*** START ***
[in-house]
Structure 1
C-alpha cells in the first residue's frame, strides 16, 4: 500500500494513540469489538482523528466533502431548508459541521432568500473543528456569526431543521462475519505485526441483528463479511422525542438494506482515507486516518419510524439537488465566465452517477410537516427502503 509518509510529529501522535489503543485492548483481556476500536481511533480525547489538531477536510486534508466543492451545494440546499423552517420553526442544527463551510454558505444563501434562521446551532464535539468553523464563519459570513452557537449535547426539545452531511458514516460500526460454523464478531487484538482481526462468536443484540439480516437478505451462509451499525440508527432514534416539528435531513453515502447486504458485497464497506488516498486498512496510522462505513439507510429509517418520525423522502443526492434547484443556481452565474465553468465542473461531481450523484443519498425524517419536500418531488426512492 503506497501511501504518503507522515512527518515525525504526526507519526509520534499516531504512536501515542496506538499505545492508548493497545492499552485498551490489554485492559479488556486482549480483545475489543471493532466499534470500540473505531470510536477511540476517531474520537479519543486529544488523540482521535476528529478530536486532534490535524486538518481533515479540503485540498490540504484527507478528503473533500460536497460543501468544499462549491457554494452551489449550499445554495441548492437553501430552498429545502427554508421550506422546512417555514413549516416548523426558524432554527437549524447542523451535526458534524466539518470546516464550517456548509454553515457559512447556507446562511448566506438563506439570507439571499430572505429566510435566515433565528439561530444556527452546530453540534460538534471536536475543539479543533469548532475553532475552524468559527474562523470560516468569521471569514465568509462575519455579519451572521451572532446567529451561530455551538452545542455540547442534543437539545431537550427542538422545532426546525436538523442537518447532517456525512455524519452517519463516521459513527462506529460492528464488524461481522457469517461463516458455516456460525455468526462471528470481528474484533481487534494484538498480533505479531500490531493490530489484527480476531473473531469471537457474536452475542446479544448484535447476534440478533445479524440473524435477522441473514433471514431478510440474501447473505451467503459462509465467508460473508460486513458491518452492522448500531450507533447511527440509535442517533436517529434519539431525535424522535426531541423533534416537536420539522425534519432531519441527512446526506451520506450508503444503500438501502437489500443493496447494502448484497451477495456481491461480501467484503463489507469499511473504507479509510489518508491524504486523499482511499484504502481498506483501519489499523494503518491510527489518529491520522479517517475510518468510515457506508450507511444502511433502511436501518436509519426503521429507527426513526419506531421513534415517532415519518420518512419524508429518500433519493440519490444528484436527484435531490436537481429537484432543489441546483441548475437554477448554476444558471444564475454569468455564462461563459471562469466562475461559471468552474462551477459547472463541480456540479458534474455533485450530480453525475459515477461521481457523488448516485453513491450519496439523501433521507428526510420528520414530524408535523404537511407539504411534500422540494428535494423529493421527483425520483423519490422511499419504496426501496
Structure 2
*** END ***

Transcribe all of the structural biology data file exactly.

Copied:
[in-house]
Structure 1
C-alpha cells in the first residue's frame, strides 16, 4: 500500500494513540469489538482523528466533502431548508459541521432568500473543528456569526431543521462475519505485526441483528463479511422525542438494506482515507486516518419510524439537488465566465452517477410537516427502503 509518509510529529501522535489503543485492548483481556476500536481511533480525547489538531477536510486534508466543492451545494440546499423552517420553526442544527463551510454558505444563501434562521446551532464535539468553523464563519459570513452557537449535547426539545452531511458514516460500526460454523464478531487484538482481526462468536443484540439480516437478505451462509451499525440508527432514534416539528435531513453515502447486504458485497464497506488516498486498512496510522462505513439507510429509517418520525423522502443526492434547484443556481452565474465553468465542473461531481450523484443519498425524517419536500418531488426512492 503506497501511501504518503507522515512527518515525525504526526507519526509520534499516531504512536501515542496506538499505545492508548493497545492499552485498551490489554485492559479488556486482549480483545475489543471493532466499534470500540473505531470510536477511540476517531474520537479519543486529544488523540482521535476528529478530536486532534490535524486538518481533515479540503485540498490540504484527507478528503473533500460536497460543501468544499462549491457554494452551489449550499445554495441548492437553501430552498429545502427554508421550506422546512417555514413549516416548523426558524432554527437549524447542523451535526458534524466539518470546516464550517456548509454553515457559512447556507446562511448566506438563506439570507439571499430572505429566510435566515433565528439561530444556527452546530453540534460538534471536536475543539479543533469548532475553532475552524468559527474562523470560516468569521471569514465568509462575519455579519451572521451572532446567529451561530455551538452545542455540547442534543437539545431537550427542538422545532426546525436538523442537518447532517456525512455524519452517519463516521459513527462506529460492528464488524461481522457469517461463516458455516456460525455468526462471528470481528474484533481487534494484538498480533505479531500490531493490530489484527480476531473473531469471537457474536452475542446479544448484535447476534440478533445479524440473524435477522441473514433471514431478510440474501447473505451467503459462509465467508460473508460486513458491518452492522448500531450507533447511527440509535442517533436517529434519539431525535424522535426531541423533534416537536420539522425534519432531519441527512446526506451520506450508503444503500438501502437489500443493496447494502448484497451477495456481491461480501467484503463489507469499511473504507479509510489518508491524504486523499482511499484504502481498506483501519489499523494503518491510527489518529491520522479517517475510518468510515457506508450507511444502511433502511436501518436509519426503521429507527426513526419506531421513534415517532415519518420518512419524508429518500433519493440519490444528484436527484435531490436537481429537484432543489441546483441548475437554477448554476444558471444564475454569468455564462461563459471562469466562475461559471468552474462551477459547472463541480456540479458534474455533485450530480453525475459515477461521481457523488448516485453513491450519496439523501433521507428526510420528520414530524408535523404537511407539504411534500422540494428535494423529493421527483425520483423519490422511499419504496426501496
Structure 2